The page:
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Mainstream, VOL LVI No 33 New Delhi August 4, 2018

Kashmir: Compounding the Perfidy

Tuesday 7 August 2018, by Badri Raina

It should be clear by now that in 2014, the Bharatiya Janata Party signed the Agenda of Alliance with the People’s Democratic Party as a mere ruse to find a foothold in the governmental structure in Jammu and Kashmir.

It may be recalled that at the time there were those, who had cautioned the PDP about the course it had set its heart on. Given the history of the “nationalist” Hindu Rightwing, especially so with respect to the Jammu and Kashmir State, it was nothing more than a tragic leap of wishful faith to think that the BJP would abide by the stipulations in the Agenda of Alliance with regard to entering into any sort of well-meant dialogue with the separatists or with Pakistan. Its Trojan entry always had other purposes in mind.

Be that as it may, in withdrawing from the alliance India’s ruling party has engaged in yet another ruse. Contrarily to its claim that it did so only to facilitate a free hand for the security establishment—there was hardly any dearth of killings of all sorts while the government was in place—the BJP’s canny goal was to break the PDP, draw a required number of its disgruntled legislators into a new alliance in which the BJP would now be the senior partner, and to install one of its leaders from Jammu province as Chief Minister. This prax is, the trust will yield two conjoint results: one to wreck the PDP and dub its rump as a militant-friendly group, and two, to affect a new and decisive shift in the balance of influence as between the two major provinces of the State. That accomplished, the BJP’s calculation is that such a shift would smoothen the assimilation of the State both via legislative measures and a transformed atmospherics in the region. The security apparatus would be trusted to quell old habits in the Kashmir province as they continue to do as we write.

Sadly, the dethroned Chief Executive has helped these moves greatly by the sort of statement she has made in a fit of understandable anguish at the turn of events, providing the wily erstwhile alliance partner to say “we told you so”.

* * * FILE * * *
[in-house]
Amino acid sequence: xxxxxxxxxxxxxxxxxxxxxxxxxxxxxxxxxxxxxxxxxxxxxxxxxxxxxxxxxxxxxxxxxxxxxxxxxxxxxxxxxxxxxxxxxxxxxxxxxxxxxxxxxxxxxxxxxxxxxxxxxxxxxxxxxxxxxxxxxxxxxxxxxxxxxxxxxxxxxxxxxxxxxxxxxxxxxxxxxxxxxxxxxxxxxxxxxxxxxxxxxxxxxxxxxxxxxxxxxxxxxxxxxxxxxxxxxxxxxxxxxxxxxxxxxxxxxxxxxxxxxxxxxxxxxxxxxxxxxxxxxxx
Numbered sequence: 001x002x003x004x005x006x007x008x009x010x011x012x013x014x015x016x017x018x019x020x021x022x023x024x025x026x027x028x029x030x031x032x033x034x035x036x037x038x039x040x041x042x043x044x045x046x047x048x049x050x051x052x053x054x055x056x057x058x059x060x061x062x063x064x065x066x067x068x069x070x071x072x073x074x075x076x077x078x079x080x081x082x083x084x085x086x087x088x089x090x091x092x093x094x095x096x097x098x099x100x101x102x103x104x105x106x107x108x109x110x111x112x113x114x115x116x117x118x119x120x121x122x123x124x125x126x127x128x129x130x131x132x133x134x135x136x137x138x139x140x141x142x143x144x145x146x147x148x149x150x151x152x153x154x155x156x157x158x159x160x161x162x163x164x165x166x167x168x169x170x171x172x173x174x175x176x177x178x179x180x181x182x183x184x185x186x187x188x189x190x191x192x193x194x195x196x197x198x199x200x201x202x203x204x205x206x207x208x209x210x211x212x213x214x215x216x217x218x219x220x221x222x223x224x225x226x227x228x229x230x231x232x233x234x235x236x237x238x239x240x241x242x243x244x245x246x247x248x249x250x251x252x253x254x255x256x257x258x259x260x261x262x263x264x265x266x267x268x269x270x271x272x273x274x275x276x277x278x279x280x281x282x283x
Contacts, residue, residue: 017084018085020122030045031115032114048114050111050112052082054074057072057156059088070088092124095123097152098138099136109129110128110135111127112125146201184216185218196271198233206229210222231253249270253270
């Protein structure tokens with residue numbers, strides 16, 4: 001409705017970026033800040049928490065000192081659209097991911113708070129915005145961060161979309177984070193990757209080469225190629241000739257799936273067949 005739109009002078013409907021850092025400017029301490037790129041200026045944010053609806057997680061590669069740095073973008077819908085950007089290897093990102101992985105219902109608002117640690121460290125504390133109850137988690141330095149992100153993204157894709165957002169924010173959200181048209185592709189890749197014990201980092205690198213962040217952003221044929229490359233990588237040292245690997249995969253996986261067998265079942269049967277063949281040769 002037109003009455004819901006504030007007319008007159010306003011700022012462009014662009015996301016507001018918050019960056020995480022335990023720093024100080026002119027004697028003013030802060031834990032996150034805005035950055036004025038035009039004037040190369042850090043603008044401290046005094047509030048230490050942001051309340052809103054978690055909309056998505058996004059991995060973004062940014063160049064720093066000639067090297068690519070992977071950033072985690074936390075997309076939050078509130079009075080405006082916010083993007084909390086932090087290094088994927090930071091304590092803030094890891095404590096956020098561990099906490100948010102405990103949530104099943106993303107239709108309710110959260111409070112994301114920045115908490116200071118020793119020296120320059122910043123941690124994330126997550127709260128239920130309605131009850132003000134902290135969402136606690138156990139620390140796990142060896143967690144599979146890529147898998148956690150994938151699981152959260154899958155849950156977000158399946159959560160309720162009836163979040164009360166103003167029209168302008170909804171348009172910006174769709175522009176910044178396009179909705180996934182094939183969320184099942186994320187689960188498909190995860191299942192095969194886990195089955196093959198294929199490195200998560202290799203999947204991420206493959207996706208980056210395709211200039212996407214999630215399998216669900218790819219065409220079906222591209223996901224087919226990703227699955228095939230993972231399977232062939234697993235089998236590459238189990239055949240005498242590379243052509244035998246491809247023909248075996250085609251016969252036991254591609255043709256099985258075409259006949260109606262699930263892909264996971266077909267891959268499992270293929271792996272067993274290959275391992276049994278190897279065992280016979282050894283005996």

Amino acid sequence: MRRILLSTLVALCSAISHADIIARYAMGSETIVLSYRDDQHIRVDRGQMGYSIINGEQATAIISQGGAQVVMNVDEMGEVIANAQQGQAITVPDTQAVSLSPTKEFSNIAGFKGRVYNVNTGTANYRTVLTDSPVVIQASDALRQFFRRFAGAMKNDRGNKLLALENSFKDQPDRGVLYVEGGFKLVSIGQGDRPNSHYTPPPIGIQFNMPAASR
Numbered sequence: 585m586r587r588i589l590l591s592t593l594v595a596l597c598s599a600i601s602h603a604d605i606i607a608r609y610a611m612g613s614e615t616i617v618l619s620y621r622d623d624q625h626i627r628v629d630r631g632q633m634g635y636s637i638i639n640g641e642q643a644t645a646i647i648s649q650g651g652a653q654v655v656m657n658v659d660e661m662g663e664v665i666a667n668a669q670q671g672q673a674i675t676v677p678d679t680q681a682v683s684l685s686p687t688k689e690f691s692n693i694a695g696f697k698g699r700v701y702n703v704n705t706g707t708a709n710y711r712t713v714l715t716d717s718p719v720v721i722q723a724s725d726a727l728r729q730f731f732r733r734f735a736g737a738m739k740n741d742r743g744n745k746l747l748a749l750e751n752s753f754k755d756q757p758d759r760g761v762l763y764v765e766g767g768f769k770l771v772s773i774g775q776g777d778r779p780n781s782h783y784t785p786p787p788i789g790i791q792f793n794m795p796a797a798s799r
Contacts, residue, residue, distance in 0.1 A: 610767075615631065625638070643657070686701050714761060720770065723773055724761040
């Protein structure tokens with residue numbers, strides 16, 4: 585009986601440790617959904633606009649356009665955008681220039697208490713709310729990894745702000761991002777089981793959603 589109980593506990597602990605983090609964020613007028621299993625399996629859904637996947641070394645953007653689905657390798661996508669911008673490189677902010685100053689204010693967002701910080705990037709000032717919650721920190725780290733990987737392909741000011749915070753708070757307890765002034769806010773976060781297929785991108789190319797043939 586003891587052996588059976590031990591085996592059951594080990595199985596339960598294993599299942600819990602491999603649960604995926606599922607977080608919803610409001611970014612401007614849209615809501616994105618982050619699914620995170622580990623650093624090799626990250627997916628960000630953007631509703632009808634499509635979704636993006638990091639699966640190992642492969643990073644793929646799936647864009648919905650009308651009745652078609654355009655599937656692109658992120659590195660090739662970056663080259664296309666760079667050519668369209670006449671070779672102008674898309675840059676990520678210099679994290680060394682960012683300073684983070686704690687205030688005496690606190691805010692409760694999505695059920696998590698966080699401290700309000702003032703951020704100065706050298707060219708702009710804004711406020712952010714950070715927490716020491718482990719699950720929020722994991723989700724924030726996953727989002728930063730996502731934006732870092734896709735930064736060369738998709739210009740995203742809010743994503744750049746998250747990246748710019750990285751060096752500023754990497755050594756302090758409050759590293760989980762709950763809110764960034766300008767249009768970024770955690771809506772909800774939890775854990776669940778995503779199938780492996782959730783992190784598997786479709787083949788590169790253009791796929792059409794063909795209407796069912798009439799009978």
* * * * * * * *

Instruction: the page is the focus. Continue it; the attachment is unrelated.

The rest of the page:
There is, I suggest, a third important reason why the BJP chose to ensure that the Legislative Assembly was not dissolved. However, things might seem on the face on it, the electors in the Jammu province cannot be trusted not to see the BJP’s years in power in the State as a failure and a story of broken aspirations. The grapevine has it that were elections to be called now, the BJP’s tally would be set to fall at least by a half of its present strength.

Given that Governor’s Rule is not likely to make any discernible difference to the situation on the ground, the people of Jammu and Kashmir may be set to see a continuing stalemate without any recourse to representative governance or redress. Admittedly, it can be nobody’s case that the situation in Jammu and Kashmir is conducive to fresh elections, but fresh elections are perhaps the only and the best way to clear the debris left behind by the broken alliance and to assign new responsibilities to a new conglomeration of political forces.

If this is agreed, parties like the National Conference, the Indian National Congress and the PDP must now come together to demand that fresh polls be held in the State. We know that unlike some other Governors, N.N. Vohra is not only upright, above board, and hugely knowledgeable about the State and the conjunction of its pulses, but a democrat at heart. It will be a truly lasting contribution on his part to put his weight behind a democratic revival in the State and to preside over its peaceful and fair conclusion.

Here is something the Sangh would do well to keep in mind: as things have stood over the last seven decades, superficial WhatsApp perceptions notwithstanding, people in the Jammu province do not want to lose Kashmir, and people in the Kashmir province do not want to lose Jammu. One needs to have been born and bred in the State to know the truth of this. That being so, counting bodies, be it militants, civilians, soldiers, will never be the answer to solving the Kashmir imbroglio. Surely, if Trump can talk with Kim, and if Kissinger could be in dialogue with the Vietnamese at the height of the war then, the Indian Centre should find the sagacity and goodwill to talk with our own people without preconditions. If a way was found in Ireland, it can be found in Jammu and Kashmir. All stakeholders to the issue must recognise that without an open acknowledgement of wrongs affected by any and all, and without justice to all those affected, there can be no reconciliation, let alone bonhomie.

The author, who taught English literature at the University of Delhi for over four decades and is now retired, is a prominent writer and poet. A well-known commentator on politics, culture and society, he wrote the much acclaimed Dickens and the Dialectic of Growth. His book, The Underside of Things—India and the World: A Citizen’s Miscellany, 2006-2011, came out in August 2012. Thereafter he wrote two more books, Idea of India Hard to Beat: Republic Resilient and Kashmir: A Noble Tryst in Tatters.

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